When is the right time to remortgage? With the almost continuous commentary on when the Bank of England will raise interest rates, there is a very real sense that for the first time in years, the halcyon days of borrowing money at rock bottom rates may be coming to an end. With this speculation, my client’s attention is naturally turning towards their single biggest monthly outgoing: their mortgage. All of a sudden those on variable rates are starting to feel vulnerable… “Is my payment going to go up? If so, by how much? And the $64,000 question, when will this happen?”
How do I know if it’s the right time to remortgage?
Before going any further, I must make clear that any opinions which I express in this post when it comes to interest rates are just that – they should not be taken as mortgage advice or advice on when interest rates will change. That said, the mood has shifted from speculation on “if” rates will rise, to “when” they will go up. The governor of the Bank of England has been open in his assessment of the current economic situation, making numerous speeches on what he expects the interest rate landscape to look like going forward. This raises the question of “remortgaging – when is the right time?”
It would not seem unreasonable to me to expect that once normalisation begins interest rate increases would proceed slowly and rise to a level in the medium term that is perhaps about half as high as historic averages. “In my view, the decision as to when to start such a process of adjustment will likely come into sharper relief around the turn of this year,” – Mark Carney, July 2015.
Such a public and unambiguous appraisal has left many of my clients thinking when they should look again at their mortgage, should they be looking to fix and if so for how long? The short answer to “re-mortgaging – when is the right time” is that it depends. There isn’t a simple one size fits all solution or product, nor is there a single piece of universal advice when it comes to “remortgaging – when is the right time” which I give to my clients.
Every situation is different…
The pertinent reason is that everyone’s circumstances and requirements for a mortgage product are different. Yes, interest rates and projections inevitably do and should play into your thinking when you consider remortgaging. However, it would be foolish to base your decision entirely on this. A lot can change in a short space of time in the global economy… we need only look at recent events on the Greek and Chinese markets to see this. The point is external economic factors could render what the governor said to be obsolete very quickly. A far more rounded approach is to consider potential rate rises alongside your own personal circumstances, both in terms of what they were when you took out your original mortgage and what they are likely to be over the years ahead.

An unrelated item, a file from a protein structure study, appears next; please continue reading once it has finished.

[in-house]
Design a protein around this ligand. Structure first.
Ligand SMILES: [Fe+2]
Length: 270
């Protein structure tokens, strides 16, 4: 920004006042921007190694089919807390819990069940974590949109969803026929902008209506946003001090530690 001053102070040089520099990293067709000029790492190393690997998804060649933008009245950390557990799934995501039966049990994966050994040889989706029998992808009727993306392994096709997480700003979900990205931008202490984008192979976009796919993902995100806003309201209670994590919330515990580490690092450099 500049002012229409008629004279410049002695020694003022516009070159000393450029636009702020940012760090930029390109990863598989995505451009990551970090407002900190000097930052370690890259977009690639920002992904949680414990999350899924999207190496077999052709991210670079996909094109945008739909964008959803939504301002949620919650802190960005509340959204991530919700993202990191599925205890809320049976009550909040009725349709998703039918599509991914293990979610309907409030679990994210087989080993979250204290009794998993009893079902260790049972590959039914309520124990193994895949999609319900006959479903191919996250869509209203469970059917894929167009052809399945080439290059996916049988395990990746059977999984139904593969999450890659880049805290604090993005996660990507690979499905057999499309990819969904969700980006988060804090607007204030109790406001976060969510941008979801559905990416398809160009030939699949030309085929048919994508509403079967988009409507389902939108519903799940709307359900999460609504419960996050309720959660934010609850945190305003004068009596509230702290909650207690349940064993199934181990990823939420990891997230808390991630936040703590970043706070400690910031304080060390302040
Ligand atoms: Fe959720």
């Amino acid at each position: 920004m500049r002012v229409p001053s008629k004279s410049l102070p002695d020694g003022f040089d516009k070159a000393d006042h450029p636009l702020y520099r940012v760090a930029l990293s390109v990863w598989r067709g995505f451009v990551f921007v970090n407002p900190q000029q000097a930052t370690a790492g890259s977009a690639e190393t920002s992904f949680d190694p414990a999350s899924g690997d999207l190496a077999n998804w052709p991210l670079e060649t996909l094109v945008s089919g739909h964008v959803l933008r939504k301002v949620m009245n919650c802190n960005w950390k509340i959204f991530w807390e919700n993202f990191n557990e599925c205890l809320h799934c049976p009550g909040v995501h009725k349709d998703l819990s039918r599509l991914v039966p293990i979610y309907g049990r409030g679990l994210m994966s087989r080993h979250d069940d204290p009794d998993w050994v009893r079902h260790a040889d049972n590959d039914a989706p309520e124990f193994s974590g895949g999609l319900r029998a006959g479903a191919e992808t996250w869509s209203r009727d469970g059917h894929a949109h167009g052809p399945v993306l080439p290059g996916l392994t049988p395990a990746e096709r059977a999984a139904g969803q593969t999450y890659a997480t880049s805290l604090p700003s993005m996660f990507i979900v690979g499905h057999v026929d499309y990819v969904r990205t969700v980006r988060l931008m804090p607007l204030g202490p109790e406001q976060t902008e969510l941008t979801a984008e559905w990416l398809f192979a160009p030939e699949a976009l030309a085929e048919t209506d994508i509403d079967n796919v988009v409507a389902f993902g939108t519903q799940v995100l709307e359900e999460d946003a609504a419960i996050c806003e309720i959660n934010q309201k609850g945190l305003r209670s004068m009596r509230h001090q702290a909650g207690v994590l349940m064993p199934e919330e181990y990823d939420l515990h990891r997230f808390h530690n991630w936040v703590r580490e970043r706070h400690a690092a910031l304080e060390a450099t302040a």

A good broker’s advice in this area is invaluable… he or she will be able to find the product that suits you individually. Perhaps you plan to move in 2 years’ time? Or maybe you’re planning to start a family with all the financial implications that come with it. Has your income changed since you last looked at your mortgage and is it likely to change again in the future? These are just a few of the questions a good adviser will ask and the answers along with your feelings on interest rate rises will shape your tailored advice. This is the approach I always take with my clients and they nearly all find it beneficial because it gets them thinking about what features they would value in a mortgage.
For example, I recently helped a client who was worried about rate rises and wanted to protect his mortgage payment against these. Given the loan was in excess of £1,000,000 a small increase in the base rate translated to a significant difference in his monthly payment so his anxiety was understandable. Now the “off the peg” advice here is simple: a worried client who wants long-term security equals a 5 year fixed rate from a high street lender. However, this client earned significant annual bonuses and wanted the ability to pay the mortgage down quickly by using his extra income, and after questioning he told me he thought he would be able clear the loan in 3 years. A far more appropriate solution was to take this to a private bank who could offer a 3 year fixed rate, but with no early repayment charges. Now, the rate was a little higher when compared with the standard high street fixed rate. However, the client really valued the ability to make large lump sum repayments and was happy to follow my advice, even though the actual rate was slightly higher.
So if you are worried about interest rates and are thinking of remortgaging my advice is to broaden your thinking beyond “if and when” rates will go up. It should not be ignored but rather it should form part of a much wider analysis of your circumstances and plans going forward. When it comes to re-mortgaging – when is the right time there is no definitive answer. However, what cannot be forgotten is that now is certainly the time to start considering it.